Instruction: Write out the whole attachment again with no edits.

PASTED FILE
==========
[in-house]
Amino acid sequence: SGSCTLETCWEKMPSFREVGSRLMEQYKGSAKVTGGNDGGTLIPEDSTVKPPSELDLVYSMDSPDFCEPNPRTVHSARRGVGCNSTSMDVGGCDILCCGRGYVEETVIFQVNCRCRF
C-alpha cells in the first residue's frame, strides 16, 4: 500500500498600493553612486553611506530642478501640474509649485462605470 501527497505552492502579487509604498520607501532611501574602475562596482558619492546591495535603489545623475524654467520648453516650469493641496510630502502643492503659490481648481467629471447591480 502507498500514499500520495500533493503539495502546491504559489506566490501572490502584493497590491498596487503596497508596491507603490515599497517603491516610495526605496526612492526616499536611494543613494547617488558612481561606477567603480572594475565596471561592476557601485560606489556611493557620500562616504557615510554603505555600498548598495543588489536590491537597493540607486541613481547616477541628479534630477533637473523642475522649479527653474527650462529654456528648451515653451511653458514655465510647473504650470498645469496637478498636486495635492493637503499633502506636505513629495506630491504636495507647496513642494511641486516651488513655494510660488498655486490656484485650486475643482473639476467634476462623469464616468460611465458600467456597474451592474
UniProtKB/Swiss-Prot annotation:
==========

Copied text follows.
[in-house]
Amino acid sequence: SGSCTLETCWEKMPSFREVGSRLMEQYKGSAKVTGGNDGGTLIPEDSTVKPPSELDLVYSMDSPDFCEPNPRTVHSARRGVGCNSTSMDVGGCDILCCGRGYVEETVIFQVNCRCRF
C-alpha cells in the first residue's frame, strides 16, 4: 500500500498600493553612486553611506530642478501640474509649485462605470 501527497505552492502579487509604498520607501532611501574602475562596482558619492546591495535603489545623475524654467520648453516650469493641496510630502502643492503659490481648481467629471447591480 502507498500514499500520495500533493503539495502546491504559489506566490501572490502584493497590491498596487503596497508596491507603490515599497517603491516610495526605496526612492526616499536611494543613494547617488558612481561606477567603480572594475565596471561592476557601485560606489556611493557620500562616504557615510554603505555600498548598495543588489536590491537597493540607486541613481547616477541628479534630477533637473523642475522649479527653474527650462529654456528648451515653451511653458514655465510647473504650470498645469496637478498636486495635492493637503499633502506636505513629495506630491504636495507647496513642494511641486516651488513655494510660488498655486490656484485650486475643482473639476467634476462623469464616468460611465458600467456597474451592474
UniProtKB/Swiss-Prot annotation: